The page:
Film of the week: 28 Days Later
Film4, Friday July 12, 11:15pm
While other variations of the horror genre have come and gone, the zombie film has remained a relative constant since George Romero first put the walking dead on screen in 1968. It was, however, going through a pretty fallow period before the brilliant Danny Boyle brought such nightmarish visions closer to home in the terrifying 28 Days Later.
Certain movie geeks might tell us that, technically speaking, 28 Days Later is not a proper zombie film, given that its creatures are ‘infected’ rather than dead, and chastise anyone using the z-word by telling them that the real thing should shuffle and step, as they do in Romero’s films, not sprint and pounce, as they do here. But these nitpickers should be packed off to pedant’s corner, because Boyle’s depiction of post-apocalyptic Britain and implication that humanity can be as savage as its flesh-munching kin is as loyal to the template Romero set as anything that has followed since.
By importing the zombie formula to these shores, 28 Days Later opened the door for later British interpretations like Shaun Of The Dead and Charlie Brooker’s Dead Set. Crucially though, it retains the universal themes that make the genre so enduring, which is presumably why American cinemagoers lapped up its rage-fuelled, fast-running deadheads as much as we did.
Set the recorder for:
ITV1, Saturday July 13, 10:50pm
With just over a week to go until the release of The World’s End, what better way to re-acquaint ourselves with the glorious talents of Messrs Frost, Pegg and Wright than watch them lark about to such hilarious effect in Hot Fuzz. Imagine the homespun comforts of Heartbeat and Midsomer Murders combined with the brashness of Michael Bay and the ultra-violence of John Woo, and you still won’t have come up with a film half as funny as this is.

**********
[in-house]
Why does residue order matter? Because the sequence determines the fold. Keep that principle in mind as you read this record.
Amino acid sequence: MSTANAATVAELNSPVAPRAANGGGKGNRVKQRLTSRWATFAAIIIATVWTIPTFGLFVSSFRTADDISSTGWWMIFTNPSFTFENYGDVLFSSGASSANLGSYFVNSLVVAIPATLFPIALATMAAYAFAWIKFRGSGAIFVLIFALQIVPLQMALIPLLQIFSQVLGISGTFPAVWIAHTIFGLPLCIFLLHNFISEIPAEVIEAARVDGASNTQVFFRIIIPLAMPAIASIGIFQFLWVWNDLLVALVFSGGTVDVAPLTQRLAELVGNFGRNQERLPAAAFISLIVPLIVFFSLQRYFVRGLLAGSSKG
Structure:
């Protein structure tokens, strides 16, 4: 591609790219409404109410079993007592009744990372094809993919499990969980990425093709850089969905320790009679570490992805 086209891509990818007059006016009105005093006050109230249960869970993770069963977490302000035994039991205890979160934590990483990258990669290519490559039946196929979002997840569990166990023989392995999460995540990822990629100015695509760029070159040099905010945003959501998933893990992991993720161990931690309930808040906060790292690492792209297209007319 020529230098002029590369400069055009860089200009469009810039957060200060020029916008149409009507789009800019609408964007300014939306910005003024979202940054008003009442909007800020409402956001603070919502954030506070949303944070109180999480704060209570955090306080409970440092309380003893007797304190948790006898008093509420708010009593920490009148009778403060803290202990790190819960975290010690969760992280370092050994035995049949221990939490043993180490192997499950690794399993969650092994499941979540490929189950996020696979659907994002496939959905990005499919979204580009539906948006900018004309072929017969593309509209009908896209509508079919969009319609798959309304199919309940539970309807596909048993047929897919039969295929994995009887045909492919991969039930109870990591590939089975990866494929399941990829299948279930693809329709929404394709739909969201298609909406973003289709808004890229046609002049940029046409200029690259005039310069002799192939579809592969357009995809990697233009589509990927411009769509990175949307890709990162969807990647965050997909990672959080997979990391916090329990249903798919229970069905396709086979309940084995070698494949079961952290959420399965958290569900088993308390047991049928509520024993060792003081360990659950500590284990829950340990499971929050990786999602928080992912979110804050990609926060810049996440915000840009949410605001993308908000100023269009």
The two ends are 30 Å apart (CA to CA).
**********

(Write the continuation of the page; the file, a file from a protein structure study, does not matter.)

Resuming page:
Star Wars Episode V: The Empire Strikes Back
ITV2, Sunday July 14, 4:10pm
Perhaps the only good thing about the news that Disney has hired JJ Abrams to direct the seventh instalment of the Star Wars franchise is the fact he can’t possibly do any worse than the feature-length toy commercials that were George Lucas’s prequels. Lucas neither directed nor wrote the screenplay for The Empire Strikes back, which may well be why it is the best of the lot. Dark, dirty and very un-Disney, it is unlikely that even Abrams and his lens flair-obsessed vision will ever top it.
Attack The Block
Channel 4, Sunday July 14, 10:10pm
When fans of the BBC 6 Music’s cult Adam & Joe show heard that it faced an indefinite hiatus whilst presenter Joe Cornish pursued a career behind the movie camera, they were left crestfallen that what was probably the best reason to own a digital radio would no longer light up their Saturday mornings. Although not quite enough to make up for that loss, Cornish’s directorial debut, Attack The Block, combined John Carpenter sci-fi atmospherics with South London street gang drama to give us a rip-roaring 88 minutes of monster-fuelled fun.